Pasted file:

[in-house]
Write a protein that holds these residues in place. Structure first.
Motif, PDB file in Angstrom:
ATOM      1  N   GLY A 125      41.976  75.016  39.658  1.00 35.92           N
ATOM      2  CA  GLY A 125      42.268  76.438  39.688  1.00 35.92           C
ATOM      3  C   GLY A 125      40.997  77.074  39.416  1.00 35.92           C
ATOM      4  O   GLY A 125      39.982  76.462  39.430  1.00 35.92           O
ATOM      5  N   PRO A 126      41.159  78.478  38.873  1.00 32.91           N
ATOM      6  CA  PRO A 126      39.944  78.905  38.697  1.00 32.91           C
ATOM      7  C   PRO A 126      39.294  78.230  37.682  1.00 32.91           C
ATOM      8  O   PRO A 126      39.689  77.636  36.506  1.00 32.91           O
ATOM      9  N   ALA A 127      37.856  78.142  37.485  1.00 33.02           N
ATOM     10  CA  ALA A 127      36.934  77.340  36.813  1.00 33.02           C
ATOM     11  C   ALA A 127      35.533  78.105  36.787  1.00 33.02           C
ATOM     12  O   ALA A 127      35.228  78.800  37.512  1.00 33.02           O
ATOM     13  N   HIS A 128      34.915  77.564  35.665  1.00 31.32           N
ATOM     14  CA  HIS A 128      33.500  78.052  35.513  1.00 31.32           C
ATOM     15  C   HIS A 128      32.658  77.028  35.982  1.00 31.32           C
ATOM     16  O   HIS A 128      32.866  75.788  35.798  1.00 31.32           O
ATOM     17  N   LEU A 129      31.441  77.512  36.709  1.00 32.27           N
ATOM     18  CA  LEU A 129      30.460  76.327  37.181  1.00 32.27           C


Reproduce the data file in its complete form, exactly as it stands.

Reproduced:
[in-house]
Write a protein that holds these residues in place. Structure first.
Motif, PDB file in Angstrom:
ATOM      1  N   GLY A 125      41.976  75.016  39.658  1.00 35.92           N
ATOM      2  CA  GLY A 125      42.268  76.438  39.688  1.00 35.92           C
ATOM      3  C   GLY A 125      40.997  77.074  39.416  1.00 35.92           C
ATOM      4  O   GLY A 125      39.982  76.462  39.430  1.00 35.92           O
ATOM      5  N   PRO A 126      41.159  78.478  38.873  1.00 32.91           N
ATOM      6  CA  PRO A 126      39.944  78.905  38.697  1.00 32.91           C
ATOM      7  C   PRO A 126      39.294  78.230  37.682  1.00 32.91           C
ATOM      8  O   PRO A 126      39.689  77.636  36.506  1.00 32.91           O
ATOM      9  N   ALA A 127      37.856  78.142  37.485  1.00 33.02           N
ATOM     10  CA  ALA A 127      36.934  77.340  36.813  1.00 33.02           C
ATOM     11  C   ALA A 127      35.533  78.105  36.787  1.00 33.02           C
ATOM     12  O   ALA A 127      35.228  78.800  37.512  1.00 33.02           O
ATOM     13  N   HIS A 128      34.915  77.564  35.665  1.00 31.32           N
ATOM     14  CA  HIS A 128      33.500  78.052  35.513  1.00 31.32           C
ATOM     15  C   HIS A 128      32.658  77.028  35.982  1.00 31.32           C
ATOM     16  O   HIS A 128      32.866  75.788  35.798  1.00 31.32           O
ATOM     17  N   LEU A 129      31.441  77.512  36.709  1.00 32.27           N
ATOM     18  CA  LEU A 129      30.460  76.327  37.181  1.00 32.27           C